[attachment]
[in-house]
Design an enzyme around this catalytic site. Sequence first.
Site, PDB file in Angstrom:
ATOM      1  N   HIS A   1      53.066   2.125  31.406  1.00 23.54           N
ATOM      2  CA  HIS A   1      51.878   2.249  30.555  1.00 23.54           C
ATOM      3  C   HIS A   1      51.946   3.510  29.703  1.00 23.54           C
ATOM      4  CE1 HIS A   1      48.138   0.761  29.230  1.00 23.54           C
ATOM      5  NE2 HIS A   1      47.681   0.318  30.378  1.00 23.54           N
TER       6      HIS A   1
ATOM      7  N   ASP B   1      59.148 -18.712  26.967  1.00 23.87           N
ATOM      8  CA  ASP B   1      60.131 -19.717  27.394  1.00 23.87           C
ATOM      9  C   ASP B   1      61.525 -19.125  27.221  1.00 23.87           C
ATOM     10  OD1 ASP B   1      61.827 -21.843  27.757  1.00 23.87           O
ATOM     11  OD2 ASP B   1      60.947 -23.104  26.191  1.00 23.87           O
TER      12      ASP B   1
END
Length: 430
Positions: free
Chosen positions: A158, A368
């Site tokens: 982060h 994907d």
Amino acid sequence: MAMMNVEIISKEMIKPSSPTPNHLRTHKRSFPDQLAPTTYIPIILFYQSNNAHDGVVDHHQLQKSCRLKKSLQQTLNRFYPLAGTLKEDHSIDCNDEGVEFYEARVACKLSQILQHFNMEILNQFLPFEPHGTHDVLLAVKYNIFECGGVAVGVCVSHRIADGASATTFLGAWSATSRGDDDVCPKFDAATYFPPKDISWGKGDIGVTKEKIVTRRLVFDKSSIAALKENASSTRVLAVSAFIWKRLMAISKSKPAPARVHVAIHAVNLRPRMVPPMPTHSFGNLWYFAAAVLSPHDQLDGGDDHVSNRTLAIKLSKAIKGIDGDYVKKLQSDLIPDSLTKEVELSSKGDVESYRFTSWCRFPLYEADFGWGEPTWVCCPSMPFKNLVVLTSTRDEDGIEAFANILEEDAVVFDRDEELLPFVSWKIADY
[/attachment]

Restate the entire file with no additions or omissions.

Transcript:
[in-house]
Design an enzyme around this catalytic site. Sequence first.
Site, PDB file in Angstrom:
ATOM      1  N   HIS A   1      53.066   2.125  31.406  1.00 23.54           N
ATOM      2  CA  HIS A   1      51.878   2.249  30.555  1.00 23.54           C
ATOM      3  C   HIS A   1      51.946   3.510  29.703  1.00 23.54           C
ATOM      4  CE1 HIS A   1      48.138   0.761  29.230  1.00 23.54           C
ATOM      5  NE2 HIS A   1      47.681   0.318  30.378  1.00 23.54           N
TER       6      HIS A   1
ATOM      7  N   ASP B   1      59.148 -18.712  26.967  1.00 23.87           N
ATOM      8  CA  ASP B   1      60.131 -19.717  27.394  1.00 23.87           C
ATOM      9  C   ASP B   1      61.525 -19.125  27.221  1.00 23.87           C
ATOM     10  OD1 ASP B   1      61.827 -21.843  27.757  1.00 23.87           O
ATOM     11  OD2 ASP B   1      60.947 -23.104  26.191  1.00 23.87           O
TER      12      ASP B   1
END
Length: 430
Positions: free
Chosen positions: A158, A368
């Site tokens: 982060h 994907d």
Amino acid sequence: MAMMNVEIISKEMIKPSSPTPNHLRTHKRSFPDQLAPTTYIPIILFYQSNNAHDGVVDHHQLQKSCRLKKSLQQTLNRFYPLAGTLKEDHSIDCNDEGVEFYEARVACKLSQILQHFNMEILNQFLPFEPHGTHDVLLAVKYNIFECGGVAVGVCVSHRIADGASATTFLGAWSATSRGDDDVCPKFDAATYFPPKDISWGKGDIGVTKEKIVTRRLVFDKSSIAALKENASSTRVLAVSAFIWKRLMAISKSKPAPARVHVAIHAVNLRPRMVPPMPTHSFGNLWYFAAAVLSPHDQLDGGDDHVSNRTLAIKLSKAIKGIDGDYVKKLQSDLIPDSLTKEVELSSKGDVESYRFTSWCRFPLYEADFGWGEPTWVCCPSMPFKNLVVLTSTRDEDGIEAFANILEEDAVVFDRDEELLPFVSWKIADY